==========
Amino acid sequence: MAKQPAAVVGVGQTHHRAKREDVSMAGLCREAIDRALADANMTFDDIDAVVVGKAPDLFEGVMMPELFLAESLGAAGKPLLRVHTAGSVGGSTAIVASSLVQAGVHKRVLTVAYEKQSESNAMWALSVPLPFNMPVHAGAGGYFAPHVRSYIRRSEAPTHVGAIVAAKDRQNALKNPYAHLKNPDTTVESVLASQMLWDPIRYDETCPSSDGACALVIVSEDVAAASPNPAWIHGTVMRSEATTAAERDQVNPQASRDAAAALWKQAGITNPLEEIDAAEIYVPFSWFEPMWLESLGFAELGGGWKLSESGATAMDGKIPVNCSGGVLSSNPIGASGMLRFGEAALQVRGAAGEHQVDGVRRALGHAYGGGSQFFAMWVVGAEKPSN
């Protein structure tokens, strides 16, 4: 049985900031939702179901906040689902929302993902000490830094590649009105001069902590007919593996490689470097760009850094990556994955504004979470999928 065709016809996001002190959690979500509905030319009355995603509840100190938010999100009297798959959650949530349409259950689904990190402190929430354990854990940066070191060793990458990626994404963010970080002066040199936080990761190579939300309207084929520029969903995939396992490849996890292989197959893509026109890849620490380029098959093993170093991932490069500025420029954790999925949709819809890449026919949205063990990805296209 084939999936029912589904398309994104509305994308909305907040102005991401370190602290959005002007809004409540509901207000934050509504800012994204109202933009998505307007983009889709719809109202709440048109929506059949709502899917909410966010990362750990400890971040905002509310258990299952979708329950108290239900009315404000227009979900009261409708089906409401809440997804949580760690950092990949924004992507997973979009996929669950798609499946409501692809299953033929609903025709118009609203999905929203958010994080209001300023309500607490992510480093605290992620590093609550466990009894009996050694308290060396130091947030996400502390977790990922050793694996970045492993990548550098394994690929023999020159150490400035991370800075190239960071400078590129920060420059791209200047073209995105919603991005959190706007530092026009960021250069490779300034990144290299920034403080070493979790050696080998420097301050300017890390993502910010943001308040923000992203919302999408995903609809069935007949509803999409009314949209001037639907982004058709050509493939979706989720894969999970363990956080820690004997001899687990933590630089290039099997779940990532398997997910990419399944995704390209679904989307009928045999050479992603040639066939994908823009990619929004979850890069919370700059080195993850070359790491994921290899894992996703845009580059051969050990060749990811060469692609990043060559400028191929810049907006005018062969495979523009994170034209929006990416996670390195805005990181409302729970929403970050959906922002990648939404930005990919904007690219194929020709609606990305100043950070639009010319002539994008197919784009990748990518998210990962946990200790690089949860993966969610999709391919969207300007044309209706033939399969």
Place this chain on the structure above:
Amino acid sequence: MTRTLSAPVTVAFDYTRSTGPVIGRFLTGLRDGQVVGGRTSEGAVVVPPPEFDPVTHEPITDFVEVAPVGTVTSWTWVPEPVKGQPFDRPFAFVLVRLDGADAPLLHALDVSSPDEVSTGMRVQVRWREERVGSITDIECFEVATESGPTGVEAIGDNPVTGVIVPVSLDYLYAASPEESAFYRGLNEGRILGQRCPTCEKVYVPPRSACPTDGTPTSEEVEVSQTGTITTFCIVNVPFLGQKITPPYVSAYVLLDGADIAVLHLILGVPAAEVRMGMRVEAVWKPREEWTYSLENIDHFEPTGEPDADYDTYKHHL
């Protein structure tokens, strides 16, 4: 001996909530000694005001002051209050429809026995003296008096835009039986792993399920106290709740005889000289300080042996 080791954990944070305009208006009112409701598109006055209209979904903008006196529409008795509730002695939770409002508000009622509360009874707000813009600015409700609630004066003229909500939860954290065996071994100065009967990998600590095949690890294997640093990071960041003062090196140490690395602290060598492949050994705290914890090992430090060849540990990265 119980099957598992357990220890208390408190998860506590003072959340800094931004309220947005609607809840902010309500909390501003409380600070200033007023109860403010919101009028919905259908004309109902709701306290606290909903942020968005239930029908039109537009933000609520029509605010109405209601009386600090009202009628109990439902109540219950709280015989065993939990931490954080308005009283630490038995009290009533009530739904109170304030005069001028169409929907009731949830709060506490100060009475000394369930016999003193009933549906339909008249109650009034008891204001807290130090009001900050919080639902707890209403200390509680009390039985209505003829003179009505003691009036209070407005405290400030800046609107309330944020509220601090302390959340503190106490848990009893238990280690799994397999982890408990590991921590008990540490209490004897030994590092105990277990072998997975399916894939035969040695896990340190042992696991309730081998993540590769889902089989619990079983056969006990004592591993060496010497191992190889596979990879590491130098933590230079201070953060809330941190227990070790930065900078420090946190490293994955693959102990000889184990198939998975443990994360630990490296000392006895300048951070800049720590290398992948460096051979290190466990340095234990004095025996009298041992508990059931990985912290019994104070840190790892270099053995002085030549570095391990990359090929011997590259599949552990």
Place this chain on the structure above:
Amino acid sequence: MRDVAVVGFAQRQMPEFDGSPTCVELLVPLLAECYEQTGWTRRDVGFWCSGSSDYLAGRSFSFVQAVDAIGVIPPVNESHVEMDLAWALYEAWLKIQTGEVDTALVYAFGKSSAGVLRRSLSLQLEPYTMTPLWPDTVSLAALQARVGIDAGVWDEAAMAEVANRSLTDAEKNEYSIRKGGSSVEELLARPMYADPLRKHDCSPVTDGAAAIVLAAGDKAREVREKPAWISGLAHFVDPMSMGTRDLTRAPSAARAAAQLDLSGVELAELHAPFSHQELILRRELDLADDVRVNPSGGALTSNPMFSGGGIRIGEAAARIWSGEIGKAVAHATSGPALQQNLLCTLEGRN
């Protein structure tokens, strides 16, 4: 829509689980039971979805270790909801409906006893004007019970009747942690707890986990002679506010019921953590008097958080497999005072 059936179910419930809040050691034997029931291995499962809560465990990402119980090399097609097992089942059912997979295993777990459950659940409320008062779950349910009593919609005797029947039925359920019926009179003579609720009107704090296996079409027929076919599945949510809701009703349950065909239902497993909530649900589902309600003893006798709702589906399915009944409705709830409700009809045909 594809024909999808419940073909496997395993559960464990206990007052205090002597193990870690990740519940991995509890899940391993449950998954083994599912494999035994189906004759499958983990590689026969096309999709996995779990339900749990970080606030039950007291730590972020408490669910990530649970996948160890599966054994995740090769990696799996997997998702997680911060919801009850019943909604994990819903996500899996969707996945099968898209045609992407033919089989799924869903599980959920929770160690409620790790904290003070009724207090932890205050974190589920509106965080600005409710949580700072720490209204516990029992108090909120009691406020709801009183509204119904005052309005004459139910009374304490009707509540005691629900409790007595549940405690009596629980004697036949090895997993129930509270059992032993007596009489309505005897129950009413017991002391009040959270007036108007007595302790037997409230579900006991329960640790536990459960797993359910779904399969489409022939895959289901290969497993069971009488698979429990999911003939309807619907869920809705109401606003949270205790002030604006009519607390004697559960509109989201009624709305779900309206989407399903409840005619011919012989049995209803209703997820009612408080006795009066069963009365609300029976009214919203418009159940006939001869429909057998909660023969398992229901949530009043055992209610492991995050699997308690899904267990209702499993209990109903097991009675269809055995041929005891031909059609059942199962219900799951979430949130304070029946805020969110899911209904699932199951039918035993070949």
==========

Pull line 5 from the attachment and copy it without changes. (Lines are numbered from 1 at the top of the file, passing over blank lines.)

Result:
């Protein structure tokens, strides 16, 4: 001996909530000694005001002051209050429809026995003296008096835009039986792993399920106290709740005889000289300080042996 080791954990944070305009208006009112409701598109006055209209979904903008006196529409008795509730002695939770409002508000009622509360009874707000813009600015409700609630004066003229909500939860954290065996071994100065009967990998600590095949690890294997640093990071960041003062090196140490690395602290060598492949050994705290914890090992430090060849540990990265 119980099957598992357990220890208390408190998860506590003072959340800094931004309220947005609607809840902010309500909390501003409380600070200033007023109860403010919101009028919905259908004309109902709701306290606290909903942020968005239930029908039109537009933000609520029509605010109405209601009386600090009202009628109990439902109540219950709280015989065993939990931490954080308005009283630490038995009290009533009530739904109170304030005069001028169409929907009731949830709060506490100060009475000394369930016999003193009933549906339909008249109650009034008891204001807290130090009001900050919080639902707890209403200390509680009390039985209505003829003179009505003691009036209070407005405290400030800046609107309330944020509220601090302390959340503190106490848990009893238990280690799994397999982890408990590991921590008990540490209490004897030994590092105990277990072998997975399916894939035969040695896990340190042992696991309730081998993540590769889902089989619990079983056969006990004592591993060496010497191992190889596979990879590491130098933590230079201070953060809330941190227990070790930065900078420090946190490293994955693959102990000889184990198939998975443990994360630990490296000392006895300048951070800049720590290398992948460096051979290190466990340095234990004095025996009298041992508990059931990985912290019994104070840190790892270099053995002085030549570095391990990359090929011997590259599949552990």